Jump to content
  • Sign Up
0
rain

Eating Out - Asian Food

Rate this topic

Recommended Posts

I've been almost a year gluten free and this week I cheated twice this week with soy sauce in my food. And right away I've been sleeping 12 hours a night, both times the night after eating the soy sauce. And today I have peripheral neuropathy - numbness and tingling all over my body!! I hate that!

Please tell me how to manage eating out. My primary restaurant diet is Asian food, and I'm not doing a good job of eating out at all.

I'm so annoyed right now, I should be at the gym getting my body back after falling apart the last two years (sick for many more but the last 2 were ROUGH).

Today i go in for blood testing to see where my antibody levels are. I think that's partly why I've been slipping... makes no sense but I think I wanted to push my body to see what shows up.

Anyway, I know I'll get back together. It will probably only take my body a few days to sort itself out. But I seem to have lost my gluten-free focus....

Thanks for listening. I need a pep talk.

Share this post


Link to post
Share on other sites

I've been almost a year gluten free and this week I cheated twice this week with soy sauce in my food. And right away I've been sleeping 12 hours a night, both times the night after eating the soy sauce. And today I have peripheral neuropathy - numbness and tingling all over my body!! I hate that!

Please tell me how to manage eating out. My primary restaurant diet is Asian food, and I'm not doing a good job of eating out at all.

I'm so annoyed right now, I should be at the gym getting my body back after falling apart the last two years (sick for many more but the last 2 were ROUGH).

Today i go in for blood testing to see where my antibody levels are. I think that's partly why I've been slipping... makes no sense but I think I wanted to push my body to see what shows up.

Anyway, I know I'll get back together. It will probably only take my body a few days to sort itself out. But I seem to have lost my gluten-free focus....

Thanks for listening. I need a pep talk.

Good morning!

I'm newer to the whole gluten-free way of life than you are by a long chalk, I was diagnosed January 25 this year. What I do when I go out is bring my own sauces in small containers. I feel like a dork when I start hauling out my goodies but on the other hand I know I am not glutening myself with unknown sources and I don't have to eat my meals in restaurants without the condiments!

I hope you are feeling better soon. I can imagine I will be getting to that stage where I will lose my focus too as I have been sick for so long and nothing is helping. Good luck!

Share this post


Link to post
Share on other sites

Depending on where you live, there may be a PF Chang's or a Pei Wei (they are connected). PF Chang's has a very large gluten-free menu (they started marinating most of their meat with a marinade that has gluten-free soy sauce so we can have it!) and I've never had a problem there. Pei Wei is more of a "fast food" type Asian place, and they have a much smaller gluten-free menu, but they have some tasty food nonetheless. The food is very Americanized but it helps me get my Asian fix. (For whatever reason, Asian food is almost a comfort food for me, so I had to figure out a way to get it at a restaurant!)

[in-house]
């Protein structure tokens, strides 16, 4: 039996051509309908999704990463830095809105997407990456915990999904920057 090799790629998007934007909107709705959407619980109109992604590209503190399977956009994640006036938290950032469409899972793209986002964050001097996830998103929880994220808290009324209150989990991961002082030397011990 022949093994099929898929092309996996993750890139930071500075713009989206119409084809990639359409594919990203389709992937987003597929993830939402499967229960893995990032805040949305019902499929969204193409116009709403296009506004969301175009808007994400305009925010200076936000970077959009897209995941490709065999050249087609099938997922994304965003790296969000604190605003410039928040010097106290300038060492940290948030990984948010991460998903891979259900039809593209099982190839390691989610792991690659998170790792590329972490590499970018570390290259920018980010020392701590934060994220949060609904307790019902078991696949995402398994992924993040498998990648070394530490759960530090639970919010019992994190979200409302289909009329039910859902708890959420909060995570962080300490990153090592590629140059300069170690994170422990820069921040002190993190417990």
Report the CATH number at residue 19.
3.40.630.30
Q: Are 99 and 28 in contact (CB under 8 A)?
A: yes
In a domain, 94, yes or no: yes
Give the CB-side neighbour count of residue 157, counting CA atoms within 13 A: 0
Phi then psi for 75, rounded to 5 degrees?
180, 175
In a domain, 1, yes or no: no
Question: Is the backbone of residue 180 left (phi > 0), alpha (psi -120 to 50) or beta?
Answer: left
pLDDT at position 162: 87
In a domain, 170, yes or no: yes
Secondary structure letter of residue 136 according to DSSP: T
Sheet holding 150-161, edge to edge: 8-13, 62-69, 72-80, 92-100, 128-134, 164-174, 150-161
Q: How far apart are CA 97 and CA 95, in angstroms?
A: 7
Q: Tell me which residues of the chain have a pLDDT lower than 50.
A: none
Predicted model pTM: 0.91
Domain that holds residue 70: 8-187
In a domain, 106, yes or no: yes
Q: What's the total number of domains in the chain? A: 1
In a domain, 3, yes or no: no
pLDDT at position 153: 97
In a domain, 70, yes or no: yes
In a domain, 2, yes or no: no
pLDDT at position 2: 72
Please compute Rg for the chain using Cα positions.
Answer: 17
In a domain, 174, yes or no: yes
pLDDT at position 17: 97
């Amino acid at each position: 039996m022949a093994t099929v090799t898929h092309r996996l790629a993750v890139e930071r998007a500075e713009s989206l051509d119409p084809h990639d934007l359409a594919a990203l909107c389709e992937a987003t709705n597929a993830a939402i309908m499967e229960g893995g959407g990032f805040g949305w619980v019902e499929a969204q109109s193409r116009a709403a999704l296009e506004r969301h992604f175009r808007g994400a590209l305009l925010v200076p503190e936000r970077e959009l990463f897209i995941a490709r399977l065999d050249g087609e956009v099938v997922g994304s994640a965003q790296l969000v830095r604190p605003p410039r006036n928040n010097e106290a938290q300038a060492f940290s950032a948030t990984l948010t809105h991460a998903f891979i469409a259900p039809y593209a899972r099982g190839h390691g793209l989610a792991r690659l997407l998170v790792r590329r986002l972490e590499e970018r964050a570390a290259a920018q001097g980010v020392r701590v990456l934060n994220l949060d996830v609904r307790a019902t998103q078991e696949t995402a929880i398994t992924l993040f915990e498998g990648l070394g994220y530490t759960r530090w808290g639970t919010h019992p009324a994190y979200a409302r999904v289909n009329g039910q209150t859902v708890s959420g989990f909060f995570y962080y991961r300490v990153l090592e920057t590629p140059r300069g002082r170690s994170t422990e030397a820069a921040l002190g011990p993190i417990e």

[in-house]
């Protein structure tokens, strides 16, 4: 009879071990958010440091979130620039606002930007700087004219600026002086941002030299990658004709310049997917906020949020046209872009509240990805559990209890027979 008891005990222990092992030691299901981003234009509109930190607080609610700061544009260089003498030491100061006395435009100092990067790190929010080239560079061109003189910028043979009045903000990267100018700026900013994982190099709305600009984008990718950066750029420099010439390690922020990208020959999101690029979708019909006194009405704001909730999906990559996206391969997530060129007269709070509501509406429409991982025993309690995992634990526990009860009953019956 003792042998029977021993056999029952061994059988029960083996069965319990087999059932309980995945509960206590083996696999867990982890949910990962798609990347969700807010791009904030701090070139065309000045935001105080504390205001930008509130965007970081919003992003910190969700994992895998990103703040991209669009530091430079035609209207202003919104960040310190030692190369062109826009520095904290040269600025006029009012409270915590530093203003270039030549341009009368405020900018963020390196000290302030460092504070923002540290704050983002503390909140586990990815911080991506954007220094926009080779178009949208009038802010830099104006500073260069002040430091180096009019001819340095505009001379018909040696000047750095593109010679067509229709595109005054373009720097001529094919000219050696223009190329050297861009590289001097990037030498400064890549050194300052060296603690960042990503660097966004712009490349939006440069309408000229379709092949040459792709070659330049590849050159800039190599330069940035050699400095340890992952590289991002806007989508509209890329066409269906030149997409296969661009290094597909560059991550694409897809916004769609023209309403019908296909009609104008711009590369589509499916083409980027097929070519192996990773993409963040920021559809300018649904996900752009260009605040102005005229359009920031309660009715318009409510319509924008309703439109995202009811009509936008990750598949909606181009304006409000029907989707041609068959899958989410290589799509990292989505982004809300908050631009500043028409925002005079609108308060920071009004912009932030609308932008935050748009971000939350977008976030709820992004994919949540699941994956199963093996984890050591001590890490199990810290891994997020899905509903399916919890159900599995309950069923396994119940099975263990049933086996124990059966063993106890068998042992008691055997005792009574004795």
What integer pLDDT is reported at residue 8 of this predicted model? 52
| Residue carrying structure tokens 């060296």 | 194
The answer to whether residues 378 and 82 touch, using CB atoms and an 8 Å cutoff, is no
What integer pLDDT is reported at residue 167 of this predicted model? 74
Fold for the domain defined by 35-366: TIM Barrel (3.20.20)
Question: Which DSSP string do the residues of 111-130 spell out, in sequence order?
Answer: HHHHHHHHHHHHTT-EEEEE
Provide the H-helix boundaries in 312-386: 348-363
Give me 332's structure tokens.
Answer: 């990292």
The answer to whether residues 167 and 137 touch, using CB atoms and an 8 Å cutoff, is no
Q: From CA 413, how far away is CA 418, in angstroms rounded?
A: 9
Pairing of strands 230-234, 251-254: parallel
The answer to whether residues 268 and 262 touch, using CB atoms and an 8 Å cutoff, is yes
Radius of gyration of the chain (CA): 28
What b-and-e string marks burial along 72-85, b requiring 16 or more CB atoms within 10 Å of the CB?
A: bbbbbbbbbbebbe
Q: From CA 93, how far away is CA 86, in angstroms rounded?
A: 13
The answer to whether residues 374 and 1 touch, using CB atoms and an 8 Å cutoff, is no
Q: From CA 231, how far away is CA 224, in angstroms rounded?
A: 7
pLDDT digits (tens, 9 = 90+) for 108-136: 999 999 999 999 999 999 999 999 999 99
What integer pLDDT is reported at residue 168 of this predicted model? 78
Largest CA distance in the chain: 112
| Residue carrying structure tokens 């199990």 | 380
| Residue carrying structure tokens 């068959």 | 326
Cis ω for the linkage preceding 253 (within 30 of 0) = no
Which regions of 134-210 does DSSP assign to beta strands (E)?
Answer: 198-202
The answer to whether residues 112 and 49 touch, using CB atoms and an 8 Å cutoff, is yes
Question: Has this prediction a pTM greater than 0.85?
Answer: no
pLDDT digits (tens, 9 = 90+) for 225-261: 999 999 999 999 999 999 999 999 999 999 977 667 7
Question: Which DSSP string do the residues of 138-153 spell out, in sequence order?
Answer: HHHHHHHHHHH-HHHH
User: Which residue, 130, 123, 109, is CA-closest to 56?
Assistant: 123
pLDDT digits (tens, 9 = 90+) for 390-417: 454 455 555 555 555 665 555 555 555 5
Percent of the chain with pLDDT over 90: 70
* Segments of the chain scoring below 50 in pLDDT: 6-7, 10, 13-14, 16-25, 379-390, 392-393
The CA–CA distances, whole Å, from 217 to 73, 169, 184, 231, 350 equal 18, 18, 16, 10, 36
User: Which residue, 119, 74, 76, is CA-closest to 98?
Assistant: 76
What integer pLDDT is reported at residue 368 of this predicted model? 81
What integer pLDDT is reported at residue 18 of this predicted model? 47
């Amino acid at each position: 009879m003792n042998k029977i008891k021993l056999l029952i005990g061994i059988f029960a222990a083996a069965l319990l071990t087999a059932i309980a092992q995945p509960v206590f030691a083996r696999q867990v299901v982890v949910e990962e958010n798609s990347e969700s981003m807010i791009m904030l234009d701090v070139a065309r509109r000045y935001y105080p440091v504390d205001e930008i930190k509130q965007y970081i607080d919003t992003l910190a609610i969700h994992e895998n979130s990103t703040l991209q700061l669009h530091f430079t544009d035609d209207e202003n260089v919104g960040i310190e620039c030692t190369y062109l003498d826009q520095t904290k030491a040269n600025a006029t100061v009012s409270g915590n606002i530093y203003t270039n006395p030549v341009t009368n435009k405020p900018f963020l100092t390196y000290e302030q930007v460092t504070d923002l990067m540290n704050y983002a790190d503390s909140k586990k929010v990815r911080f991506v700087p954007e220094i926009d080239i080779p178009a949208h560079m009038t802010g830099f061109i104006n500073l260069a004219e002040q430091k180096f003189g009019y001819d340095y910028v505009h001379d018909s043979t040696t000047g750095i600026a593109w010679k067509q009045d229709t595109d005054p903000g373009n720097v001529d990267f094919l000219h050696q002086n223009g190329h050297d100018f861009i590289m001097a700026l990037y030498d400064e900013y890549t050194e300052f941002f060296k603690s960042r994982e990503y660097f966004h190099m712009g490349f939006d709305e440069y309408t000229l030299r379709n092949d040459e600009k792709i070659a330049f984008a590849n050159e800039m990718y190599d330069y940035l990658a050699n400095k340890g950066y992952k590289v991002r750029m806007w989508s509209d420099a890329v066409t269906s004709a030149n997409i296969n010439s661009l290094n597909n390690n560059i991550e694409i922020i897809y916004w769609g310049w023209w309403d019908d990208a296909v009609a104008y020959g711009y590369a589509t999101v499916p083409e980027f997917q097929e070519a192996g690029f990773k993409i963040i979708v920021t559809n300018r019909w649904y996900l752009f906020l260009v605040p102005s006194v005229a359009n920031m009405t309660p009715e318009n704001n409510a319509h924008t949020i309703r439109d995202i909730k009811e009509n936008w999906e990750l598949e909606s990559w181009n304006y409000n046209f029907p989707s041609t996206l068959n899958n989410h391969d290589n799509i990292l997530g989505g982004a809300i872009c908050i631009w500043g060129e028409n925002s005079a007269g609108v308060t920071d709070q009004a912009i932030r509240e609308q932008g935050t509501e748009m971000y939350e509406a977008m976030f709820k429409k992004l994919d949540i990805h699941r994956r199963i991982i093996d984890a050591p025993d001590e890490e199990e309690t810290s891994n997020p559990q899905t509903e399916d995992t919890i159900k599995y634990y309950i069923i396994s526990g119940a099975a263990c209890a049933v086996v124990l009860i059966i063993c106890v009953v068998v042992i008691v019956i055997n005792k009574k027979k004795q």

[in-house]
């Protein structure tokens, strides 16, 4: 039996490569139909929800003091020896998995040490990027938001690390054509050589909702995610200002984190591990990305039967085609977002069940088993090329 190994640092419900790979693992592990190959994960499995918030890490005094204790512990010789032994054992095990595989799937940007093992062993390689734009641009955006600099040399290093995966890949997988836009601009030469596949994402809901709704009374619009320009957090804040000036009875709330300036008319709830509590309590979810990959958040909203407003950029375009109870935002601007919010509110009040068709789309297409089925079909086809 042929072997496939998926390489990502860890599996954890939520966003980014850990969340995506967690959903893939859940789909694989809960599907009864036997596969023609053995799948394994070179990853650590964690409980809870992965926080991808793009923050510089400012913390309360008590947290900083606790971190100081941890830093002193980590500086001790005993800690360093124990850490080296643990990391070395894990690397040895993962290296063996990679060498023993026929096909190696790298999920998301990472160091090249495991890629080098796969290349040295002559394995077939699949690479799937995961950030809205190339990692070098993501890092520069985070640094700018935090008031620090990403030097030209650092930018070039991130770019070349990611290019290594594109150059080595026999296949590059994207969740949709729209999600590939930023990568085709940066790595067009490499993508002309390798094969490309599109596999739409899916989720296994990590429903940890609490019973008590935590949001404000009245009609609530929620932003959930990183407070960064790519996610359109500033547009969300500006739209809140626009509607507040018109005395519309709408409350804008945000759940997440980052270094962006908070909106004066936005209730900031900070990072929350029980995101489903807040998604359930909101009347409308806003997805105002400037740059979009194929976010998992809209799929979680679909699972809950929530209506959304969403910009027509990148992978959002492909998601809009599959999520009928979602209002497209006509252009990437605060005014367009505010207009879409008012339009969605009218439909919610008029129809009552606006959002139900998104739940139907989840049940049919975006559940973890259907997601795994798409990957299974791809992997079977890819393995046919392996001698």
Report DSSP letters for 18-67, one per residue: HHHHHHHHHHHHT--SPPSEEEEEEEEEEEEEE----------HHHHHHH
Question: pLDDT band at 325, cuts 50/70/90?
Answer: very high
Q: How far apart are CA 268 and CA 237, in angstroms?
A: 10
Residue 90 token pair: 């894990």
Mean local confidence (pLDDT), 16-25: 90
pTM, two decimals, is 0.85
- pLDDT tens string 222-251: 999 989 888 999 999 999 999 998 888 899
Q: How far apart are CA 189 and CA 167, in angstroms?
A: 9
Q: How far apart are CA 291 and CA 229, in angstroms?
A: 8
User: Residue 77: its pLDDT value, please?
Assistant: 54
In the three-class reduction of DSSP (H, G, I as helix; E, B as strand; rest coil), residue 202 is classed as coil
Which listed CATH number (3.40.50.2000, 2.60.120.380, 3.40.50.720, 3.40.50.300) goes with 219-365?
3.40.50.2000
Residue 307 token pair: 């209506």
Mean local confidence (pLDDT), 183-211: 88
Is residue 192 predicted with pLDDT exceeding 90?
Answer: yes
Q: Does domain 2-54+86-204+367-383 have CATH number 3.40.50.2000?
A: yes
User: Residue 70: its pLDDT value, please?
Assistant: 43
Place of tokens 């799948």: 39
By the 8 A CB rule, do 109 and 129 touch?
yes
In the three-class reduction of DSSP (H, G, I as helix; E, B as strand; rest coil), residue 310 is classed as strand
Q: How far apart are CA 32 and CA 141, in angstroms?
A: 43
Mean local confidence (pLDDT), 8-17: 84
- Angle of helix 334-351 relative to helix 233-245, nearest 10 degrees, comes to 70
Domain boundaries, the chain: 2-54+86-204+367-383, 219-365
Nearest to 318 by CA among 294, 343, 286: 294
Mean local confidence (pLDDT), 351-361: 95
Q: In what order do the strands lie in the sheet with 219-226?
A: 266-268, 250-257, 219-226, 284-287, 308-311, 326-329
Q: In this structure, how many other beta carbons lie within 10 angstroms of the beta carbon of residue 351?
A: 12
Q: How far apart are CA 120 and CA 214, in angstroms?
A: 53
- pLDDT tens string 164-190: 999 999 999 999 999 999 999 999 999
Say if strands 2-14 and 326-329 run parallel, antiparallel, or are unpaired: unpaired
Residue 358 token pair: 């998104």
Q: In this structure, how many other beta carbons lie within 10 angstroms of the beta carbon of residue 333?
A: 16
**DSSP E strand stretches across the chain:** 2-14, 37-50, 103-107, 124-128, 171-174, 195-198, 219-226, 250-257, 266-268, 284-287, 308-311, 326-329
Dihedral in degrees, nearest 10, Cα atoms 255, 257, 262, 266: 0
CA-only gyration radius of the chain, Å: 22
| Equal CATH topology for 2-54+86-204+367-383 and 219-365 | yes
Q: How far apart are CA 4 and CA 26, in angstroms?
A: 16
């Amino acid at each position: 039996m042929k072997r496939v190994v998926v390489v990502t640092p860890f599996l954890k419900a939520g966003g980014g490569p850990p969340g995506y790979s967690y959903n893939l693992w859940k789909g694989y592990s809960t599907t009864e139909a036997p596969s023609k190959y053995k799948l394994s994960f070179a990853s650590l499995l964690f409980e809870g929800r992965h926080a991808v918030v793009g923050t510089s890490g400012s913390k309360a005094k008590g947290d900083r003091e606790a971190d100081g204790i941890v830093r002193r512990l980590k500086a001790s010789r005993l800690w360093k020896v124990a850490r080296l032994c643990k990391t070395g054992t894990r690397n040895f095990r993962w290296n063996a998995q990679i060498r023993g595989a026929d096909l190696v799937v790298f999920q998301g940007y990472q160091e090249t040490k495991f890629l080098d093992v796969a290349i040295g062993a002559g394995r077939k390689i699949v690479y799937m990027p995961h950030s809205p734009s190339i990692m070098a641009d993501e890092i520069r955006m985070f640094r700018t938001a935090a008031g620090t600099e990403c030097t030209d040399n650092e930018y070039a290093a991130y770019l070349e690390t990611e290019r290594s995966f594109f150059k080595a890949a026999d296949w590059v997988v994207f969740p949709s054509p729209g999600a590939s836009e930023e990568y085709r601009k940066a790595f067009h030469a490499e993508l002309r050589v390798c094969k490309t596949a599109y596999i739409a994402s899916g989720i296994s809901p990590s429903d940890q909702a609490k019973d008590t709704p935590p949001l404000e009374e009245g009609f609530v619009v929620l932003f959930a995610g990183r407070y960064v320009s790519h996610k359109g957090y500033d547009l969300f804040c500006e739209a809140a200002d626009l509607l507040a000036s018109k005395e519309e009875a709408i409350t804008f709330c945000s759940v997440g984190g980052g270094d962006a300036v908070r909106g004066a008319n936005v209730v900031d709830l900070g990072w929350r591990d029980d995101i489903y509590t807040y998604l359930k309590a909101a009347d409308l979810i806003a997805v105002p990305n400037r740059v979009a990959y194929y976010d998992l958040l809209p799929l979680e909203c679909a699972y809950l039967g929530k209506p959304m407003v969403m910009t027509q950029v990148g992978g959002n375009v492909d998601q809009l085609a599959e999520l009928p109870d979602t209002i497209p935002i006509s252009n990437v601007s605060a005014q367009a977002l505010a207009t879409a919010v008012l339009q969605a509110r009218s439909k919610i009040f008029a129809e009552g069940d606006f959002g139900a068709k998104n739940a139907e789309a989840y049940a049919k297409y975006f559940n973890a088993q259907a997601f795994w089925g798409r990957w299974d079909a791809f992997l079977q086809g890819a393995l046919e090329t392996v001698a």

If you have a favorite restaurant, you could always go and try to talk to one of the chefs and see if you can figure out things you can have, but for Chinese at least soy sauce is in almost everything. Now if you like Thai, I've heard they put soy sauce in a lot less, and they tend to use rice noodles in noodle dishes, so you could scope that out!

And finally, I know it's not a restaurant but I have learned to make a few of my favorite dishes at home, because that way I can get them when I desperately want them! Many online recipes can be easily made gluten-free just by substituting gluten-free soy sauce for regular.. just watch out because there are a few other "sauces" that can contain soy sauce (and hence wheat) in them. There seem to be subs but some of them can be REALLY hard to track down.

I hope you can find a way to feed your craving without making yourself sick, one way or another!

Share this post


Link to post
Share on other sites

I am right there with you on the Asian cuisine being a comfort food of sorts. I love me some sushi, hibachi sytle Japanese, any Chinese, etc....I love it! Soy sauce has always been a staple in my fridge!!

when I was told a couple weeks ago that Soy Sauce, Teryaki sauces and any other Asian based sauce was OUT!....I flipped. I am so new at this, being 2 weeks diagnosed, that I am on fire with trying to figure this out. I know at home I am safe, we have lots of gluten-free choices for those same sauces...but the going out is what's hard.

I do agree though that PF Changs has a nice gluten-free menu and after talking to the manager when I visited last week, he informed me that all PF changs recognize the kitchen practices to prevent cross-contamination. It was a truly a blessing to hear!

I know there are going to be tough days ahead for all of us restricted eaters but if you want a list of restaraunts with gluten-free menus locally, just go to glutenfreerestaurants.com and put in your zipcode. Its pretty handy.

Now, if anyone can figure out how to successfully go out for SUSHI, let me know. I have been warned that white sticky rice could potentially have gluten fillers/binders in it. Along with overall threat of gluten on utensils, cutting boards, etc. All suggestions are welcome!

Rain,

If going out is a big part of life for you, as it is for me...I love good food, good wine and even in home entertaining, just get back on the wagon and remember that there are a lot of ways to accomodate your socail life. It will take the online research and maybe even calling the restaraunt ahead of time to make it work, but be strong! I mean, shoot sounds like you have already got a full year headstart on this than me and a couple temptations and slipups are not the end of the world. You can do it! Just remember how you feel when you do dip into the prohibited foods...that will probably make you think twice.

As is with any food plan and sticking to it...its all about Preperation!!

Good luck!!

Share this post


Link to post
Share on other sites